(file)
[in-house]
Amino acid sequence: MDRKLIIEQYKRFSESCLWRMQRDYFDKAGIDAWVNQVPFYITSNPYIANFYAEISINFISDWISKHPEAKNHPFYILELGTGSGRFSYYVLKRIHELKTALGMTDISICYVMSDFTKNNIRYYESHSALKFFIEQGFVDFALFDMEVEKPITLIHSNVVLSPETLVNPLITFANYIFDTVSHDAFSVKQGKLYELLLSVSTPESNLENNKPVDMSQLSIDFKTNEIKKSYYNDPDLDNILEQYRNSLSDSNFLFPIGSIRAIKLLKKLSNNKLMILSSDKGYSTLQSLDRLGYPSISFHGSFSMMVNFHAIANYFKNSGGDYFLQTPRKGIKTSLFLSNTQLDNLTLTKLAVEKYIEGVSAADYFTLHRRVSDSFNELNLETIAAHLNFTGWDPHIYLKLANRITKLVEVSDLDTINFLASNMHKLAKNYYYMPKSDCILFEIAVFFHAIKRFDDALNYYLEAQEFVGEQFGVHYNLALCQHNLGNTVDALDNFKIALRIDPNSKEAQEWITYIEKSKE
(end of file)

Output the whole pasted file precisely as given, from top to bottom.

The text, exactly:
[in-house]
Amino acid sequence: MDRKLIIEQYKRFSESCLWRMQRDYFDKAGIDAWVNQVPFYITSNPYIANFYAEISINFISDWISKHPEAKNHPFYILELGTGSGRFSYYVLKRIHELKTALGMTDISICYVMSDFTKNNIRYYESHSALKFFIEQGFVDFALFDMEVEKPITLIHSNVVLSPETLVNPLITFANYIFDTVSHDAFSVKQGKLYELLLSVSTPESNLENNKPVDMSQLSIDFKTNEIKKSYYNDPDLDNILEQYRNSLSDSNFLFPIGSIRAIKLLKKLSNNKLMILSSDKGYSTLQSLDRLGYPSISFHGSFSMMVNFHAIANYFKNSGGDYFLQTPRKGIKTSLFLSNTQLDNLTLTKLAVEKYIEGVSAADYFTLHRRVSDSFNELNLETIAAHLNFTGWDPHIYLKLANRITKLVEVSDLDTINFLASNMHKLAKNYYYMPKSDCILFEIAVFFHAIKRFDDALNYYLEAQEFVGEQFGVHYNLALCQHNLGNTVDALDNFKIALRIDPNSKEAQEWITYIEKSKE